NMAI Director Announces Resigns

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NMAI Director Announces Resigns
W. Richard West Jr.

NEW YORK.- W. Richard West Jr. (Southern Cheyenne), director of the Smithsonian’s National Museum of the American Indian for 17 years, announced his resignation today, effective November 2007. “I have been privileged to serve as the founding director at the National Museum of the American Indian: a museum that I believe is truly like no other,” West said. “One of my most poignant memories was the museum’s spectacular opening on the National Mall two years ago, when 25,000 Native Americans and non-Native supporters staged what is believed to be the largest gathering of Native Americans in the nation’s capital in modern history.”

West told his staff and the museum’s board of trustees, “Now is the time for the museum to have new leadership, as it embarks on the second phase of its journey. My resignation next year will enable me to take on new special projects and pursue interests that I have yet to explore.”

Smithsonian Secretary Lawrence M. Small said of West’s tenure, “The National Museum of the American Indian has risen to international prominence, thanks to Rick West’s steadfast dedication, tireless drive and inspired leadership as founding director. He started with an idea and turned it into a reality. The Smithsonian Institution, the American people and visitors from around the world have benefited greatly from his talents, creativity and wisdom. We’ll be forever grateful to him for all that he’s done.”

A nationwide search for a new director will begin immediately in hopes of finding West’s successor within the one-year time frame, according to Sheila Burke, the Smithsonian’s Deputy Secretary and Chief Operating Officer. West’s work at the museum began with the premise that this would be a place to show that Native American culture is alive ( his “living museum” concept ) and that the exhibitions and programs would present the Native voice and views. A collaboration with tribes and Native communities—on everything from the design of the building to exhibitions—became the cornerstone of the museum’s mission.

Under West’s leadership, the museum implemented the concept of a “museum of living cultures,” presenting Native peoples from the first person rather than the third-person anthropological approach. As a result, West believes the National Museum of the American has emerged as a leader and model for other museums and cultural centers in the field.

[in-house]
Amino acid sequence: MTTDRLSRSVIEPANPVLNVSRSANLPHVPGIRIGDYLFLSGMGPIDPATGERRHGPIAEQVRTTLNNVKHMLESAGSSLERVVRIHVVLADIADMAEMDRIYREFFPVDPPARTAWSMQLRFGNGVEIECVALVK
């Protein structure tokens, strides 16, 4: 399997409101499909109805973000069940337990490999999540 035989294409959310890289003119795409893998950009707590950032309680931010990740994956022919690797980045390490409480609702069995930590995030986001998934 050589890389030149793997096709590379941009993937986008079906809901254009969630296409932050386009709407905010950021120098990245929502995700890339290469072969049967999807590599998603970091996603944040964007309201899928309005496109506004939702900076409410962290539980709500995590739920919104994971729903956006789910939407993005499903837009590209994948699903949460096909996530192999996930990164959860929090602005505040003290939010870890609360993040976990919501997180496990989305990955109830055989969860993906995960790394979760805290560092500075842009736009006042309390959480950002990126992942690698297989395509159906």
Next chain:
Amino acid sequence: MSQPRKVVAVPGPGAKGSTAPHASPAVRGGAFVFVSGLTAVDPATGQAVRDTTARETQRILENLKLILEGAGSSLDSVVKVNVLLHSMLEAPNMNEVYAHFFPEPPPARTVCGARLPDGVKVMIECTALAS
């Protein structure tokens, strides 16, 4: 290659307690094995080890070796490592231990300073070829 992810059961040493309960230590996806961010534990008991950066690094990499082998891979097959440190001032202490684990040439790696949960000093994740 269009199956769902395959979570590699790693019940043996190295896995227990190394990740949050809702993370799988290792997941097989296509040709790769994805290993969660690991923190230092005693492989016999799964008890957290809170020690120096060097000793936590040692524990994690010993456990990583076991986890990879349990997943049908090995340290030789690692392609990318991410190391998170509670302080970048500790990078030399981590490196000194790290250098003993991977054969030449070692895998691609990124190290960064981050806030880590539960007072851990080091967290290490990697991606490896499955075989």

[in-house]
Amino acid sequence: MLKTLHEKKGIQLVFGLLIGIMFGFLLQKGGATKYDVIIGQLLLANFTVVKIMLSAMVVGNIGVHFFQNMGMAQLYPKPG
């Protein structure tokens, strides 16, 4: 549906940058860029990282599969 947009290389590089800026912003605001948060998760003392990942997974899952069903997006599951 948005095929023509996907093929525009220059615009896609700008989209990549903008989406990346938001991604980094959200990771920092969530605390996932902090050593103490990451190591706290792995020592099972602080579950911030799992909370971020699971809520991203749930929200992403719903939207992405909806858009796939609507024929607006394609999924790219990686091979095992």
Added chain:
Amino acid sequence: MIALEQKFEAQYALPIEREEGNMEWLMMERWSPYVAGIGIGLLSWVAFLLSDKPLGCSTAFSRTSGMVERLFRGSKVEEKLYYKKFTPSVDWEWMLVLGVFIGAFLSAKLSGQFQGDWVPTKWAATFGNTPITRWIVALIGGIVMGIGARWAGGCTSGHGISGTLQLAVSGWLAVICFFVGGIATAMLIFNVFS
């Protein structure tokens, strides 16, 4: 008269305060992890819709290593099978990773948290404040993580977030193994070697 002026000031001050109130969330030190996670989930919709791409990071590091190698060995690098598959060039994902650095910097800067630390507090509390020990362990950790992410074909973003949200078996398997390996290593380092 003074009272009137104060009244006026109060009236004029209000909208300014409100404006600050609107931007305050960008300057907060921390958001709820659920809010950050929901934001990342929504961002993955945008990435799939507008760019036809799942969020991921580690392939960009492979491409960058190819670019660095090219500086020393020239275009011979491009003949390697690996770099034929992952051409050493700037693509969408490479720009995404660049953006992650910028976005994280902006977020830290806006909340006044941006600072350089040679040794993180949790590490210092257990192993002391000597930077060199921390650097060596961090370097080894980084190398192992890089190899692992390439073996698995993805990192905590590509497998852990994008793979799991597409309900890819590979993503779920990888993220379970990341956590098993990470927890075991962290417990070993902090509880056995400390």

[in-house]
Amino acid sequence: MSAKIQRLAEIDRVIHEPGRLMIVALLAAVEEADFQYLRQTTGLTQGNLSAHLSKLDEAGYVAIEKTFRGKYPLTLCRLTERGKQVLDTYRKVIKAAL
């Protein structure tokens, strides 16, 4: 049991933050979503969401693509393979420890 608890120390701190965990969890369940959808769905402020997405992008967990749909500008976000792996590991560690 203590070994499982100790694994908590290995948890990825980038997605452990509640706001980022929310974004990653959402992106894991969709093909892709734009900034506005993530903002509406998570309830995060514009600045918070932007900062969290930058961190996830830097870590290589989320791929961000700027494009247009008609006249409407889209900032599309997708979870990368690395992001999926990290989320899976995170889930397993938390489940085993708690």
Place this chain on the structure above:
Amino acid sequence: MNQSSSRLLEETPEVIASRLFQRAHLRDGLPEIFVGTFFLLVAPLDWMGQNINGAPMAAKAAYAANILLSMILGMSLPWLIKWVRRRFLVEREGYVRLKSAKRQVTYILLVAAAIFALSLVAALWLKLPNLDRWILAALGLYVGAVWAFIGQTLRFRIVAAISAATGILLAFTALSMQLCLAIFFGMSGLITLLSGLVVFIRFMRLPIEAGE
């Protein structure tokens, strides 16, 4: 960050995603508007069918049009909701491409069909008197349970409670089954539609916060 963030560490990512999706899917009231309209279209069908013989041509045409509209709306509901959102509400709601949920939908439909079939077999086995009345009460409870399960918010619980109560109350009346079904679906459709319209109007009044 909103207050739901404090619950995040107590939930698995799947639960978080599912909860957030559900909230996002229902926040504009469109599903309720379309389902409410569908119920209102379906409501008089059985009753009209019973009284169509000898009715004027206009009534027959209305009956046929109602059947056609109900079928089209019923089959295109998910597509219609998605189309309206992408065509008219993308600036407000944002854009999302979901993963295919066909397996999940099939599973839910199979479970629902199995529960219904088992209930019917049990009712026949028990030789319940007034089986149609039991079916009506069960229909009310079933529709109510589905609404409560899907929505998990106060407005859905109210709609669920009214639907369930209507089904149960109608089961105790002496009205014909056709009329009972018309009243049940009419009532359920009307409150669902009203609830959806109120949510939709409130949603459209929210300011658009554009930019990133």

West, 63, joined the National Museum of the American Indian in January 1990, shortly after an Act of Congress created the museum as part of the Smithsonian Institution. The legislation committed federal funds to cover a portion of the cost of construction of the building, and it was up to the Smithsonian to raise the remaining funds, and to plan for both museums, in Washington and New York City, and for care of the collection.

West oversaw the creation, completion and successful opening of the three facilities that comprise the National Museum of the American Indian—the museum on the National Mall in Washington, D.C., in 2004; the Cultural Resources Center in Suitland, Md., in 1999, which houses the museum’s 800,000-object collection; and the George Gustav Heye Center in New York City, in 1994, a permanent exhibition and education facility.

The National Museum of the American Indian has more than 300 staff members in its three locations and an annual budget of $46 million. The museum hosts a variety of free cultural arts programs that illustrate the breadth and diversity of Native peoples from throughout the Americas, including Native music, dance and theater performances, artist demonstrations and lectures, at its museum on the National Mall and at the Heye Center in New York.

Before becoming founding director, West practiced law in the Indian-owned law firm of Gover, Stetson, Williams & West, P.C., in Albuquerque, N.M.; and before that, he was a partner in the Washington, D.C., office of Fried, Frank, Harris, Shriver & Jacobson. West grew up in Muskogee, Okla. He is the son of the late American Indian master artist Walter Richard West Sr. and Maribelle McCrea West. He has a bachelor’s degree in American history from the University of Redlands in California, a master’s degree in American history from Harvard University and a law degree from the Stanford University School of Law. From 1998 to 2000, West served as chair of the board for the American Association of Museums, the nation’s only membership organization representing all types of museums and museum professionals.

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